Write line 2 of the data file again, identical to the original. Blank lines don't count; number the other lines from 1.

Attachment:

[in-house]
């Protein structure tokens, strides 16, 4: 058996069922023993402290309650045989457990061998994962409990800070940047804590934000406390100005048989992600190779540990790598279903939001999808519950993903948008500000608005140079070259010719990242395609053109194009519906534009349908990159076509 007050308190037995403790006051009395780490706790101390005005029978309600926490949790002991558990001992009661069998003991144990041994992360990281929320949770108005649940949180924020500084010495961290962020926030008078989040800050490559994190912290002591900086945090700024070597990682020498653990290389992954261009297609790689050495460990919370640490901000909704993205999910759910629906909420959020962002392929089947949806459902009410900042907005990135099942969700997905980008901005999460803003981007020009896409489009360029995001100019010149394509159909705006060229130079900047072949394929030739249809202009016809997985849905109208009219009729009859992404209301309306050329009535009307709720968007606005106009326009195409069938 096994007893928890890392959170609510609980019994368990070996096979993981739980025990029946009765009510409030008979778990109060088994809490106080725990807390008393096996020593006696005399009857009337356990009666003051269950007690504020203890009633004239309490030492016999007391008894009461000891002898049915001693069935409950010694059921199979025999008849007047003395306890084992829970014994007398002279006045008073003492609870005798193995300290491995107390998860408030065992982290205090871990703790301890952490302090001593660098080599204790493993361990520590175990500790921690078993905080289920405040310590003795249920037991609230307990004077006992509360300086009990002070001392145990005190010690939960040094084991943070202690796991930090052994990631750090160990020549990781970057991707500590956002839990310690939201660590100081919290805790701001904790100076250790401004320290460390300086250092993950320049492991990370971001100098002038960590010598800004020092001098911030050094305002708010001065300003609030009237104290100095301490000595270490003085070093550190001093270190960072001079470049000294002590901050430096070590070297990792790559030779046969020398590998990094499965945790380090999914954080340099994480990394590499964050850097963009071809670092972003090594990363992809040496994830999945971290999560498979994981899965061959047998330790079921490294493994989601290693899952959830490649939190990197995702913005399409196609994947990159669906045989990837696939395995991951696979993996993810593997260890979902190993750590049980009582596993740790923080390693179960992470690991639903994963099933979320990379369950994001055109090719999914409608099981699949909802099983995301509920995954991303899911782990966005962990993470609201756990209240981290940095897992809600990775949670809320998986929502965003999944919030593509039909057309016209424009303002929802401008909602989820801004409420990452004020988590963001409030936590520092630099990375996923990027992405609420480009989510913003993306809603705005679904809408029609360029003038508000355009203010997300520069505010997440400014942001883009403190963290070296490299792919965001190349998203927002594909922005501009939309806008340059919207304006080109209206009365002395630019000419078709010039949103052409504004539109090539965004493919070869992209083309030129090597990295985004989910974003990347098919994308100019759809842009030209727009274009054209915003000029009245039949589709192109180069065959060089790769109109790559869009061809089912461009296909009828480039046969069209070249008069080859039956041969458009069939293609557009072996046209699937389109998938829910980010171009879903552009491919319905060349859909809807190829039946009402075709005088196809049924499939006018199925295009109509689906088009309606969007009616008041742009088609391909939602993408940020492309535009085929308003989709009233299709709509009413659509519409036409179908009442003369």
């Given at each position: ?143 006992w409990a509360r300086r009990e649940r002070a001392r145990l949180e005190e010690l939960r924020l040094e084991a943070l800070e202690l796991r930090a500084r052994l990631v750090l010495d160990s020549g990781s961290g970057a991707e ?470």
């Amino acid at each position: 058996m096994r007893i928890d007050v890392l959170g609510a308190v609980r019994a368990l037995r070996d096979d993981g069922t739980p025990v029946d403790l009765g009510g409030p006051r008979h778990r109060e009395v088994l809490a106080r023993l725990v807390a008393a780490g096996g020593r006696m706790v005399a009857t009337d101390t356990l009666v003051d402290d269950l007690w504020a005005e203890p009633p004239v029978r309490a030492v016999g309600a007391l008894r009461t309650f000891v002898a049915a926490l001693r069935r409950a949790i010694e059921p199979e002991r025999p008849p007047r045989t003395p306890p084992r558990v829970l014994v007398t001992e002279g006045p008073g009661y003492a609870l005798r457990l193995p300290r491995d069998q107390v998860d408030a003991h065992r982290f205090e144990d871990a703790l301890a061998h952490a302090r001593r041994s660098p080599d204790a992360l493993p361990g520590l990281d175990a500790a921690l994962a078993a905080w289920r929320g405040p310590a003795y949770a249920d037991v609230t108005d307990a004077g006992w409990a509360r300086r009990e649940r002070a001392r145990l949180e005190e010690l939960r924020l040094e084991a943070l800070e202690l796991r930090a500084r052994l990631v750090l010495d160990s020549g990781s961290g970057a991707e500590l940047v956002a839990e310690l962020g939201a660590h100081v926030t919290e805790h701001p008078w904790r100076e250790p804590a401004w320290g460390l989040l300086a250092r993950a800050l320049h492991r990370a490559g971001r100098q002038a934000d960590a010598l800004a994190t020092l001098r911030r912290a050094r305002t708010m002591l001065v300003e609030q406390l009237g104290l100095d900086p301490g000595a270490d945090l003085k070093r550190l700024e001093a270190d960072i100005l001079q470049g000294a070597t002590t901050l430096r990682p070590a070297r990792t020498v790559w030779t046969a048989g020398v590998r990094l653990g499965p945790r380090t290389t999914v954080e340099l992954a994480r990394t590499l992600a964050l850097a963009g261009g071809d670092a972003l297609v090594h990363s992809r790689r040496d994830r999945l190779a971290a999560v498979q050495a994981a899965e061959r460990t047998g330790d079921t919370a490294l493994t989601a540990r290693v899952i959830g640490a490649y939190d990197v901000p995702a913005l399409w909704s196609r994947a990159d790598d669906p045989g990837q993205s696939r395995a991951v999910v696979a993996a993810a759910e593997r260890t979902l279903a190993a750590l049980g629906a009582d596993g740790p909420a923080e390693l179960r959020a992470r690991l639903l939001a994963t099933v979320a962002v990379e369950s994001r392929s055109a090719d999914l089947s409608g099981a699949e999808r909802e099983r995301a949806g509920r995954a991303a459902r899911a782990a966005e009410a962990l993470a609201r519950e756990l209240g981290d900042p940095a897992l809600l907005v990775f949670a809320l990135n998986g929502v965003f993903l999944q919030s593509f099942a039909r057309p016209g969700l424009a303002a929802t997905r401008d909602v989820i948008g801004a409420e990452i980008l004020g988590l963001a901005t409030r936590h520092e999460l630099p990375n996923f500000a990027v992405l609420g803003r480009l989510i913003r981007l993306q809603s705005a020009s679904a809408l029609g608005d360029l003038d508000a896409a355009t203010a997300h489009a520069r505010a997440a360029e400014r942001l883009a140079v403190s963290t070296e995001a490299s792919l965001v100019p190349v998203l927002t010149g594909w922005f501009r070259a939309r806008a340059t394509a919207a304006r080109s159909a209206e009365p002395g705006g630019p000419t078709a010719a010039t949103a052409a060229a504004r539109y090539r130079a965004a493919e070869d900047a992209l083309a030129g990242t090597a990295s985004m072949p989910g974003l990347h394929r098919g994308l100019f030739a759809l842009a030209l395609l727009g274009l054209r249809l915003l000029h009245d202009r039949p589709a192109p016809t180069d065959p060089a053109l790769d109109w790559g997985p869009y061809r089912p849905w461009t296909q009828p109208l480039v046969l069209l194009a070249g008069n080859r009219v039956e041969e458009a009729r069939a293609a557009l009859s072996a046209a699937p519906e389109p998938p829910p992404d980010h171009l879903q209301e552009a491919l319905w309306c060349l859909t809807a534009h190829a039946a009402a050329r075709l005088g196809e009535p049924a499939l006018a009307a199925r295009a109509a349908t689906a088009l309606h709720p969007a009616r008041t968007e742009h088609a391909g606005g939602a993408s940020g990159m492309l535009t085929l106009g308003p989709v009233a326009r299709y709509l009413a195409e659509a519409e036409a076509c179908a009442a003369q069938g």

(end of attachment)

């Protein structure tokens, strides 16, 4: 058996069922023993402290309650045989457990061998994962409990800070940047804590934000406390100005048989992600190779540990790598279903939001999808519950993903948008500000608005140079070259010719990242395609053109194009519906534009349908990159076509 007050308190037995403790006051009395780490706790101390005005029978309600926490949790002991558990001992009661069998003991144990041994992360990281929320949770108005649940949180924020500084010495961290962020926030008078989040800050490559994190912290002591900086945090700024070597990682020498653990290389992954261009297609790689050495460990919370640490901000909704993205999910759910629906909420959020962002392929089947949806459902009410900042907005990135099942969700997905980008901005999460803003981007020009896409489009360029995001100019010149394509159909705006060229130079900047072949394929030739249809202009016809997985849905109208009219009729009859992404209301309306050329009535009307709720968007606005106009326009195409069938 096994007893928890890392959170609510609980019994368990070996096979993981739980025990029946009765009510409030008979778990109060088994809490106080725990807390008393096996020593006696005399009857009337356990009666003051269950007690504020203890009633004239309490030492016999007391008894009461000891002898049915001693069935409950010694059921199979025999008849007047003395306890084992829970014994007398002279006045008073003492609870005798193995300290491995107390998860408030065992982290205090871990703790301890952490302090001593660098080599204790493993361990520590175990500790921690078993905080289920405040310590003795249920037991609230307990004077006992509360300086009990002070001392145990005190010690939960040094084991943070202690796991930090052994990631750090160990020549990781970057991707500590956002839990310690939201660590100081919290805790701001904790100076250790401004320290460390300086250092993950320049492991990370971001100098002038960590010598800004020092001098911030050094305002708010001065300003609030009237104290100095301490000595270490003085070093550190001093270190960072001079470049000294002590901050430096070590070297990792790559030779046969020398590998990094499965945790380090999914954080340099994480990394590499964050850097963009071809670092972003090594990363992809040496994830999945971290999560498979994981899965061959047998330790079921490294493994989601290693899952959830490649939190990197995702913005399409196609994947990159669906045989990837696939395995991951696979993996993810593997260890979902190993750590049980009582596993740790923080390693179960992470690991639903994963099933979320990379369950994001055109090719999914409608099981699949909802099983995301509920995954991303899911782990966005962990993470609201756990209240981290940095897992809600990775949670809320998986929502965003999944919030593509039909057309016209424009303002929802401008909602989820801004409420990452004020988590963001409030936590520092630099990375996923990027992405609420480009989510913003993306809603705005679904809408029609360029003038508000355009203010997300520069505010997440400014942001883009403190963290070296490299792919965001190349998203927002594909922005501009939309806008340059919207304006080109209206009365002395630019000419078709010039949103052409504004539109090539965004493919070869992209083309030129090597990295985004989910974003990347098919994308100019759809842009030209727009274009054209915003000029009245039949589709192109180069065959060089790769109109790559869009061809089912461009296909009828480039046969069209070249008069080859039956041969458009069939293609557009072996046209699937389109998938829910980010171009879903552009491919319905060349859909809807190829039946009402075709005088196809049924499939006018199925295009109509689906088009309606969007009616008041742009088609391909939602993408940020492309535009085929308003989709009233299709709509009413659509519409036409179908009442003369």